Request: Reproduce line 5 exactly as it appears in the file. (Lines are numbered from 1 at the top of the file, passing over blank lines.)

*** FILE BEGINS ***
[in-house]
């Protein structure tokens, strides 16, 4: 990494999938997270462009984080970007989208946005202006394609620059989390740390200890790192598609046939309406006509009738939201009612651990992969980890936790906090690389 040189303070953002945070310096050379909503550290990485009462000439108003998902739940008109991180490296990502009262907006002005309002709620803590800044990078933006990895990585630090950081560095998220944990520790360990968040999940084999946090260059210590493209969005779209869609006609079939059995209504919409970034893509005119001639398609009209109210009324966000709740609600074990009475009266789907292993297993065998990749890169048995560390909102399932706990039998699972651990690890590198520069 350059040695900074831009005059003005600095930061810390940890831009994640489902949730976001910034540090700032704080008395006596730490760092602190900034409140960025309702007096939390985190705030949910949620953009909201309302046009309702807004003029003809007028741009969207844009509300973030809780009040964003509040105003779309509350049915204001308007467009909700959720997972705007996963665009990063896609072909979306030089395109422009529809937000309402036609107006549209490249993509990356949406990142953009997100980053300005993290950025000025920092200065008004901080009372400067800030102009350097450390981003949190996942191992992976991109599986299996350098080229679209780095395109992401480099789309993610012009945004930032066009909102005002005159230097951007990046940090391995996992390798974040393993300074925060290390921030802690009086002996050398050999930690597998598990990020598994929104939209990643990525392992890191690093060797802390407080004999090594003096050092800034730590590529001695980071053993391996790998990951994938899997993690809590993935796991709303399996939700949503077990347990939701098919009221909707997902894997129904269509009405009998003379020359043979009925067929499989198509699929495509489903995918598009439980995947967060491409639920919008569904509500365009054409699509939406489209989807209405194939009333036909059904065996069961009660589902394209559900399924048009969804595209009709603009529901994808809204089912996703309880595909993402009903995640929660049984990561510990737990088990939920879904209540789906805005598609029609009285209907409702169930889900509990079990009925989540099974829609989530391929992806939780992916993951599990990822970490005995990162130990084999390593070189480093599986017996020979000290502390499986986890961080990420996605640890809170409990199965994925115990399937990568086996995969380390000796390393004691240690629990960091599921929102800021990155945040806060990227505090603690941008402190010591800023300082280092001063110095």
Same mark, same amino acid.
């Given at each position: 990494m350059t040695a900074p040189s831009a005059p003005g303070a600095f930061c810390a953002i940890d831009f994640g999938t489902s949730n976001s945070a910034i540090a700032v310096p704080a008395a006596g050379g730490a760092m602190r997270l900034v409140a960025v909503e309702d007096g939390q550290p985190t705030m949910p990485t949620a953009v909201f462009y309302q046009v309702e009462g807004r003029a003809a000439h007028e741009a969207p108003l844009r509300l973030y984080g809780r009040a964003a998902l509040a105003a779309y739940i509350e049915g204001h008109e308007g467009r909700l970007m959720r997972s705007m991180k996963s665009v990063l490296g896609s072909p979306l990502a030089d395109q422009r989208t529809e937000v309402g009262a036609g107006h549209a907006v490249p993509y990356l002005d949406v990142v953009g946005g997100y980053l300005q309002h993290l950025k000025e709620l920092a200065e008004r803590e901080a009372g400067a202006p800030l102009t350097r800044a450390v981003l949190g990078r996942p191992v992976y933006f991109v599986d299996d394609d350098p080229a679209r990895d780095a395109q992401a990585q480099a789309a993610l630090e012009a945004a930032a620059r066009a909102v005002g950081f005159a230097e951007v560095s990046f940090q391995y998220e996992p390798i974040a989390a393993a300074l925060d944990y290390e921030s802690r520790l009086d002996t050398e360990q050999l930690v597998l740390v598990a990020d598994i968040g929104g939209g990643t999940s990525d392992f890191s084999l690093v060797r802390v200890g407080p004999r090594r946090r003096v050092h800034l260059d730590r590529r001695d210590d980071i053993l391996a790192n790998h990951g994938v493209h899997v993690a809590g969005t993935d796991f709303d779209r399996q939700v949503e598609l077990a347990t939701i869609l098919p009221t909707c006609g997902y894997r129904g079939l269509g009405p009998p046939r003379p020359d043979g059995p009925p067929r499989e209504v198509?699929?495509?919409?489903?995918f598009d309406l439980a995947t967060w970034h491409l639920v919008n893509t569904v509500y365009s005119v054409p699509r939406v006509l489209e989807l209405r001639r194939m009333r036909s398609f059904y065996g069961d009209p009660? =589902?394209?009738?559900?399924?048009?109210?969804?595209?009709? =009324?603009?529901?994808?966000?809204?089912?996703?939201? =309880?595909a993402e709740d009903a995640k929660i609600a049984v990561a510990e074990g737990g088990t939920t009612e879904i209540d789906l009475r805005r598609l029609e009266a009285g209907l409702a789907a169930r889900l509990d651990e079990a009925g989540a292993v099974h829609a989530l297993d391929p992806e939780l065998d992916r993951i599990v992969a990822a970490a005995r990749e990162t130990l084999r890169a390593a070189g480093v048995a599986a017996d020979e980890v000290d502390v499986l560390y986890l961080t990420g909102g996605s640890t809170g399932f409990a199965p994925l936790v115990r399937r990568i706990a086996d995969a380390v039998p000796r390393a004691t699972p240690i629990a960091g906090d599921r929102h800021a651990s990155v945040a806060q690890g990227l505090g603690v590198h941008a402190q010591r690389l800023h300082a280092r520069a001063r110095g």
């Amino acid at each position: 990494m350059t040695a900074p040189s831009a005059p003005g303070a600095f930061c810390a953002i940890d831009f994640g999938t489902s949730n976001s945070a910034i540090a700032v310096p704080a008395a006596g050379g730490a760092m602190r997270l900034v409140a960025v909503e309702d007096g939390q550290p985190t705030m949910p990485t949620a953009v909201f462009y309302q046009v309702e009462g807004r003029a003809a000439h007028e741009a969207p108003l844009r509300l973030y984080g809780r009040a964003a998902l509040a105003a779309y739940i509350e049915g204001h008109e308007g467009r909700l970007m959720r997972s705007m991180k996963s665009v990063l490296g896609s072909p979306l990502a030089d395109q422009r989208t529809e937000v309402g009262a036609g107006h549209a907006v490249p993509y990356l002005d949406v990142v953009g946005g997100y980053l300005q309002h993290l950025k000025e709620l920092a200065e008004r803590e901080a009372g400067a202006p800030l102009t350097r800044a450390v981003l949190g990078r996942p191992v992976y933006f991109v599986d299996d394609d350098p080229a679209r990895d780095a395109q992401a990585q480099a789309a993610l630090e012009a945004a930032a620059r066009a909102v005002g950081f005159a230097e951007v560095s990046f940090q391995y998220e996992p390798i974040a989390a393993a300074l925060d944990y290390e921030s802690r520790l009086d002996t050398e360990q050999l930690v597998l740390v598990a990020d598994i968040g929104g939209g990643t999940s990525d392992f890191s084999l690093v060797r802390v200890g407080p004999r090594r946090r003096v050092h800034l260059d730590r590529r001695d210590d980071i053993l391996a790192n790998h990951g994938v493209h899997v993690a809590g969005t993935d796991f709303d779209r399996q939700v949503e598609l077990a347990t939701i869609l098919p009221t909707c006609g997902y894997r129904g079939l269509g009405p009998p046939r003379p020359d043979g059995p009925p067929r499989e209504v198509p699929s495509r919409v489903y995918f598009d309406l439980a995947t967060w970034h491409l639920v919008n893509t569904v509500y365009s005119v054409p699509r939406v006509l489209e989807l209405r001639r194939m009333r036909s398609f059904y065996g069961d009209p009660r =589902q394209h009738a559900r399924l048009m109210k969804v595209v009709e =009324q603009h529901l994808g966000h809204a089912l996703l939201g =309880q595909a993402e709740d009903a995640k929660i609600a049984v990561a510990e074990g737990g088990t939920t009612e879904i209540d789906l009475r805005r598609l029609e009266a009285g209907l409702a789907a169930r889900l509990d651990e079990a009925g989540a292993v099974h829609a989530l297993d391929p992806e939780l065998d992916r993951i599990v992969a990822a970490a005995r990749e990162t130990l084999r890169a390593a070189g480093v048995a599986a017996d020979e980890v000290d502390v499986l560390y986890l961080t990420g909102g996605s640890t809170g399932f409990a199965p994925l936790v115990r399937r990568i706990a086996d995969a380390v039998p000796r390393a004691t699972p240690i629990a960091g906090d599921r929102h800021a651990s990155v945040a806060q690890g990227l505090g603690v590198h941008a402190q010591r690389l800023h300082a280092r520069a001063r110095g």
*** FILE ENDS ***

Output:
């Amino acid at each position: 990494m350059t040695a900074p040189s831009a005059p003005g303070a600095f930061c810390a953002i940890d831009f994640g999938t489902s949730n976001s945070a910034i540090a700032v310096p704080a008395a006596g050379g730490a760092m602190r997270l900034v409140a960025v909503e309702d007096g939390q550290p985190t705030m949910p990485t949620a953009v909201f462009y309302q046009v309702e009462g807004r003029a003809a000439h007028e741009a969207p108003l844009r509300l973030y984080g809780r009040a964003a998902l509040a105003a779309y739940i509350e049915g204001h008109e308007g467009r909700l970007m959720r997972s705007m991180k996963s665009v990063l490296g896609s072909p979306l990502a030089d395109q422009r989208t529809e937000v309402g009262a036609g107006h549209a907006v490249p993509y990356l002005d949406v990142v953009g946005g997100y980053l300005q309002h993290l950025k000025e709620l920092a200065e008004r803590e901080a009372g400067a202006p800030l102009t350097r800044a450390v981003l949190g990078r996942p191992v992976y933006f991109v599986d299996d394609d350098p080229a679209r990895d780095a395109q992401a990585q480099a789309a993610l630090e012009a945004a930032a620059r066009a909102v005002g950081f005159a230097e951007v560095s990046f940090q391995y998220e996992p390798i974040a989390a393993a300074l925060d944990y290390e921030s802690r520790l009086d002996t050398e360990q050999l930690v597998l740390v598990a990020d598994i968040g929104g939209g990643t999940s990525d392992f890191s084999l690093v060797r802390v200890g407080p004999r090594r946090r003096v050092h800034l260059d730590r590529r001695d210590d980071i053993l391996a790192n790998h990951g994938v493209h899997v993690a809590g969005t993935d796991f709303d779209r399996q939700v949503e598609l077990a347990t939701i869609l098919p009221t909707c006609g997902y894997r129904g079939l269509g009405p009998p046939r003379p020359d043979g059995p009925p067929r499989e209504v198509p699929s495509r919409v489903y995918f598009d309406l439980a995947t967060w970034h491409l639920v919008n893509t569904v509500y365009s005119v054409p699509r939406v006509l489209e989807l209405r001639r194939m009333r036909s398609f059904y065996g069961d009209p009660r =589902q394209h009738a559900r399924l048009m109210k969804v595209v009709e =009324q603009h529901l994808g966000h809204a089912l996703l939201g =309880q595909a993402e709740d009903a995640k929660i609600a049984v990561a510990e074990g737990g088990t939920t009612e879904i209540d789906l009475r805005r598609l029609e009266a009285g209907l409702a789907a169930r889900l509990d651990e079990a009925g989540a292993v099974h829609a989530l297993d391929p992806e939780l065998d992916r993951i599990v992969a990822a970490a005995r990749e990162t130990l084999r890169a390593a070189g480093v048995a599986a017996d020979e980890v000290d502390v499986l560390y986890l961080t990420g909102g996605s640890t809170g399932f409990a199965p994925l936790v115990r399937r990568i706990a086996d995969a380390v039998p000796r390393a004691t699972p240690i629990a960091g906090d599921r929102h800021a651990s990155v945040a806060q690890g990227l505090g603690v590198h941008a402190q010591r690389l800023h300082a280092r520069a001063r110095g």